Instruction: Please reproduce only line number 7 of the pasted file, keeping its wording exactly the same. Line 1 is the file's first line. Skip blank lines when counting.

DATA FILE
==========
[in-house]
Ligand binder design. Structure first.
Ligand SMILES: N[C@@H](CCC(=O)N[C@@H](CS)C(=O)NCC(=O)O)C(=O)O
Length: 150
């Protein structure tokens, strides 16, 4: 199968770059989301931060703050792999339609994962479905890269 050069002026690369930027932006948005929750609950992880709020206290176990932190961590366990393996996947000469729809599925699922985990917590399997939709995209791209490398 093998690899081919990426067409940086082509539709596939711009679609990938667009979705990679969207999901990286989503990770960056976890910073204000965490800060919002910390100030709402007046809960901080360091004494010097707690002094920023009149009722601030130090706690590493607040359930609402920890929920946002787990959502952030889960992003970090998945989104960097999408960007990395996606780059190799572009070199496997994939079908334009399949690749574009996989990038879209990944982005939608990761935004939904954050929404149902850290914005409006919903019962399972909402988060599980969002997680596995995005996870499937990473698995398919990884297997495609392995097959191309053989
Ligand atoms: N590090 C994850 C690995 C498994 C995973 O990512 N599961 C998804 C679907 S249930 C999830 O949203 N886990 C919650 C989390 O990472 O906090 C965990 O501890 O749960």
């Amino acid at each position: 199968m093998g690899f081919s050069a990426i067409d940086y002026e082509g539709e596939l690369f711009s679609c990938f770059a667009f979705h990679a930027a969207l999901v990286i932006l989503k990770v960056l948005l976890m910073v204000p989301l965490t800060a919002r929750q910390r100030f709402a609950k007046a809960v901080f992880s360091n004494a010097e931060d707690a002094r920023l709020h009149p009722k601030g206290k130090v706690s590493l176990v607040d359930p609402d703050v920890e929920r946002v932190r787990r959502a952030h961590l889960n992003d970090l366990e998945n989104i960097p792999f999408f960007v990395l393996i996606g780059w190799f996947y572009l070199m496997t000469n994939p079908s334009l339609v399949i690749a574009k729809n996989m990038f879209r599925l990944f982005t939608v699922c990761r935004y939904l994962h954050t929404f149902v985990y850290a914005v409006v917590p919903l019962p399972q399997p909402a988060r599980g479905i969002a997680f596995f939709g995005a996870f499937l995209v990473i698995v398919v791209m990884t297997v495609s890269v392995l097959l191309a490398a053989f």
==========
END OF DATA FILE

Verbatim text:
């Amino acid at each position: 199968m093998g690899f081919s050069a990426i067409d940086y002026e082509g539709e596939l690369f711009s679609c990938f770059a667009f979705h990679a930027a969207l999901v990286i932006l989503k990770v960056l948005l976890m910073v204000p989301l965490t800060a919002r929750q910390r100030f709402a609950k007046a809960v901080f992880s360091n004494a010097e931060d707690a002094r920023l709020h009149p009722k601030g206290k130090v706690s590493l176990v607040d359930p609402d703050v920890e929920r946002v932190r787990r959502a952030h961590l889960n992003d970090l366990e998945n989104i960097p792999f999408f960007v990395l393996i996606g780059w190799f996947y572009l070199m496997t000469n994939p079908s334009l339609v399949i690749a574009k729809n996989m990038f879209r599925l990944f982005t939608v699922c990761r935004y939904l994962h954050t929404f149902v985990y850290a914005v409006v917590p919903l019962p399972q399997p909402a988060r599980g479905i969002a997680f596995f939709g995005a996870f499937l995209v990473i698995v398919v791209m990884t297997v495609s890269v392995l097959l191309a490398a053989f």